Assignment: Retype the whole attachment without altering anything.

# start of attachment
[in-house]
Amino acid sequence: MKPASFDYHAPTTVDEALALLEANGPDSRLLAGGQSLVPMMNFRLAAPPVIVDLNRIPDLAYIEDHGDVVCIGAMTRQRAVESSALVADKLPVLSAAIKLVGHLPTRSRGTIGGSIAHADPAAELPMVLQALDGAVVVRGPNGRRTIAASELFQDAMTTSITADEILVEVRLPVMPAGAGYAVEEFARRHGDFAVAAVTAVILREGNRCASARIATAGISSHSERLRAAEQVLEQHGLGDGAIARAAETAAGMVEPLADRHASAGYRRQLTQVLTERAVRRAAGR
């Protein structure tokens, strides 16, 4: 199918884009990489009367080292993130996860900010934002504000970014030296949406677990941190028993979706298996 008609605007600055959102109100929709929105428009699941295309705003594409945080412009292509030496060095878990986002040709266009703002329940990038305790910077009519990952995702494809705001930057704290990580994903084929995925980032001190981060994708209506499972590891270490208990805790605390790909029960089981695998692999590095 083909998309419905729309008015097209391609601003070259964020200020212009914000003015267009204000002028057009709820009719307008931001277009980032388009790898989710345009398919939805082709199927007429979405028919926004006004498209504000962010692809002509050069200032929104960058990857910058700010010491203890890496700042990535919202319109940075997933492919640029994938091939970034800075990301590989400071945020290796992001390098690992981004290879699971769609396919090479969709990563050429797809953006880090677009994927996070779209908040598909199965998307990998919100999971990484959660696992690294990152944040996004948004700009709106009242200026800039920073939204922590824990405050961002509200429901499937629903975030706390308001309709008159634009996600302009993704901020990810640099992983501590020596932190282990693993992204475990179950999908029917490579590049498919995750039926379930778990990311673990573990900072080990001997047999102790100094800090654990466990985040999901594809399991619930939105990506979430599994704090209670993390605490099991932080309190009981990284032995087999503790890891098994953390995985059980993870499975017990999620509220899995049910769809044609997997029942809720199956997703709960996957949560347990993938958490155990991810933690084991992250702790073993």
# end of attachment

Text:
[in-house]
Amino acid sequence: MKPASFDYHAPTTVDEALALLEANGPDSRLLAGGQSLVPMMNFRLAAPPVIVDLNRIPDLAYIEDHGDVVCIGAMTRQRAVESSALVADKLPVLSAAIKLVGHLPTRSRGTIGGSIAHADPAAELPMVLQALDGAVVVRGPNGRRTIAASELFQDAMTTSITADEILVEVRLPVMPAGAGYAVEEFARRHGDFAVAAVTAVILREGNRCASARIATAGISSHSERLRAAEQVLEQHGLGDGAIARAAETAAGMVEPLADRHASAGYRRQLTQVLTERAVRRAAGR
């Protein structure tokens, strides 16, 4: 199918884009990489009367080292993130996860900010934002504000970014030296949406677990941190028993979706298996 008609605007600055959102109100929709929105428009699941295309705003594409945080412009292509030496060095878990986002040709266009703002329940990038305790910077009519990952995702494809705001930057704290990580994903084929995925980032001190981060994708209506499972590891270490208990805790605390790909029960089981695998692999590095 083909998309419905729309008015097209391609601003070259964020200020212009914000003015267009204000002028057009709820009719307008931001277009980032388009790898989710345009398919939805082709199927007429979405028919926004006004498209504000962010692809002509050069200032929104960058990857910058700010010491203890890496700042990535919202319109940075997933492919640029994938091939970034800075990301590989400071945020290796992001390098690992981004290879699971769609396919090479969709990563050429797809953006880090677009994927996070779209908040598909199965998307990998919100999971990484959660696992690294990152944040996004948004700009709106009242200026800039920073939204922590824990405050961002509200429901499937629903975030706390308001309709008159634009996600302009993704901020990810640099992983501590020596932190282990693993992204475990179950999908029917490579590049498919995750039926379930778990990311673990573990900072080990001997047999102790100094800090654990466990985040999901594809399991619930939105990506979430599994704090209670993390605490099991932080309190009981990284032995087999503790890891098994953390995985059980993870499975017990999620509220899995049910769809044609997997029942809720199956997703709960996957949560347990993938958490155990991810933690084991992250702790073993």